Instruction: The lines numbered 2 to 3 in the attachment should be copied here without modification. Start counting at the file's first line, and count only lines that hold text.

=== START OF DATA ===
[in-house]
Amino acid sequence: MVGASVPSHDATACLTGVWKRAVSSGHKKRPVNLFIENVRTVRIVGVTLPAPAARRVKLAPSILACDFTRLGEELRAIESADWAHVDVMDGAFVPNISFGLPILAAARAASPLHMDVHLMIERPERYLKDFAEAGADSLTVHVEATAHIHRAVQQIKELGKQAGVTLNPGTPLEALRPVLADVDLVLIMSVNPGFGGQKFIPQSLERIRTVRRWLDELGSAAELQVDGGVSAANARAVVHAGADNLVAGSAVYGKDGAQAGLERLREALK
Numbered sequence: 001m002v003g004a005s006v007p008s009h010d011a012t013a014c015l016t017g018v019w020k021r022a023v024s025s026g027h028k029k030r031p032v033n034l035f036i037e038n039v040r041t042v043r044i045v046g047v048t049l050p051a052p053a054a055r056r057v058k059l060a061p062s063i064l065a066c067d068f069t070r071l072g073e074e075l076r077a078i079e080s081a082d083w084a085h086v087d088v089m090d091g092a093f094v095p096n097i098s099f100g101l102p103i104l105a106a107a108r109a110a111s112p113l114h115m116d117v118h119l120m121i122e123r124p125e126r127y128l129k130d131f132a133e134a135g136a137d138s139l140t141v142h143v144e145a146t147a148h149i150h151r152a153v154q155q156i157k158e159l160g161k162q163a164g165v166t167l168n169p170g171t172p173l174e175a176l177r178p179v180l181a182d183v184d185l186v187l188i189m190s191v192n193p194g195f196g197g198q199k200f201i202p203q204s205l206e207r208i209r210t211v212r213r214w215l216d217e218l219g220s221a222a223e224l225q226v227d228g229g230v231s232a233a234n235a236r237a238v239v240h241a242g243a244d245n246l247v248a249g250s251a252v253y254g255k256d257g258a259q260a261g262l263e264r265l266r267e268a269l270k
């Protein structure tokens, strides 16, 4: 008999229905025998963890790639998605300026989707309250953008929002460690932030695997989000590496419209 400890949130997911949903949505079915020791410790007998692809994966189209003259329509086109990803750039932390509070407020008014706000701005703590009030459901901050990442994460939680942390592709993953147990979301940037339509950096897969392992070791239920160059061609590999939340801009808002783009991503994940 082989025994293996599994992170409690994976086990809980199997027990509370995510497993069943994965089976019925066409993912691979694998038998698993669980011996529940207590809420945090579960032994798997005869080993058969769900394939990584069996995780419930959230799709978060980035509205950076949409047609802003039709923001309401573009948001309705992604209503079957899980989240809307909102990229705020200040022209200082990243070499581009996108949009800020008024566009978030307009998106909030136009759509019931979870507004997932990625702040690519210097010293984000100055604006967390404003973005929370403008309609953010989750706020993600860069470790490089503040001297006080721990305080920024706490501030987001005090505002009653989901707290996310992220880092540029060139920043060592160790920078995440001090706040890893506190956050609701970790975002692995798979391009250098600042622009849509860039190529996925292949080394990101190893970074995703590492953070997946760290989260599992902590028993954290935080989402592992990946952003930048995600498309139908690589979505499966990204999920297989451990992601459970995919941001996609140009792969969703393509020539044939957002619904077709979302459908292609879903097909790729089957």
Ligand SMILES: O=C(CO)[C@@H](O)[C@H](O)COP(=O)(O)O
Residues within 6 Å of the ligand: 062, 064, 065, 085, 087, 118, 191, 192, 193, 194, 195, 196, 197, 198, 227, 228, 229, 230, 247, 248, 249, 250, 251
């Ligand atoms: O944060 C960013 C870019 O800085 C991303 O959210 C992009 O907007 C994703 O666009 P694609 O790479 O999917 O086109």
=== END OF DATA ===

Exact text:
Amino acid sequence: MVGASVPSHDATACLTGVWKRAVSSGHKKRPVNLFIENVRTVRIVGVTLPAPAARRVKLAPSILACDFTRLGEELRAIESADWAHVDVMDGAFVPNISFGLPILAAARAASPLHMDVHLMIERPERYLKDFAEAGADSLTVHVEATAHIHRAVQQIKELGKQAGVTLNPGTPLEALRPVLADVDLVLIMSVNPGFGGQKFIPQSLERIRTVRRWLDELGSAAELQVDGGVSAANARAVVHAGADNLVAGSAVYGKDGAQAGLERLREALK
Numbered sequence: 001m002v003g004a005s006v007p008s009h010d011a012t013a014c015l016t017g018v019w020k021r022a023v024s025s026g027h028k029k030r031p032v033n034l035f036i037e038n039v040r041t042v043r044i045v046g047v048t049l050p051a052p053a054a055r056r057v058k059l060a061p062s063i064l065a066c067d068f069t070r071l072g073e074e075l076r077a078i079e080s081a082d083w084a085h086v087d088v089m090d091g092a093f094v095p096n097i098s099f100g101l102p103i104l105a106a107a108r109a110a111s112p113l114h115m116d117v118h119l120m121i122e123r124p125e126r127y128l129k130d131f132a133e134a135g136a137d138s139l140t141v142h143v144e145a146t147a148h149i150h151r152a153v154q155q156i157k158e159l160g161k162q163a164g165v166t167l168n169p170g171t172p173l174e175a176l177r178p179v180l181a182d183v184d185l186v187l188i189m190s191v192n193p194g195f196g197g198q199k200f201i202p203q204s205l206e207r208i209r210t211v212r213r214w215l216d217e218l219g220s221a222a223e224l225q226v227d228g229g230v231s232a233a234n235a236r237a238v239v240h241a242g243a244d245n246l247v248a249g250s251a252v253y254g255k256d257g258a259q260a261g262l263e264r265l266r267e268a269l270k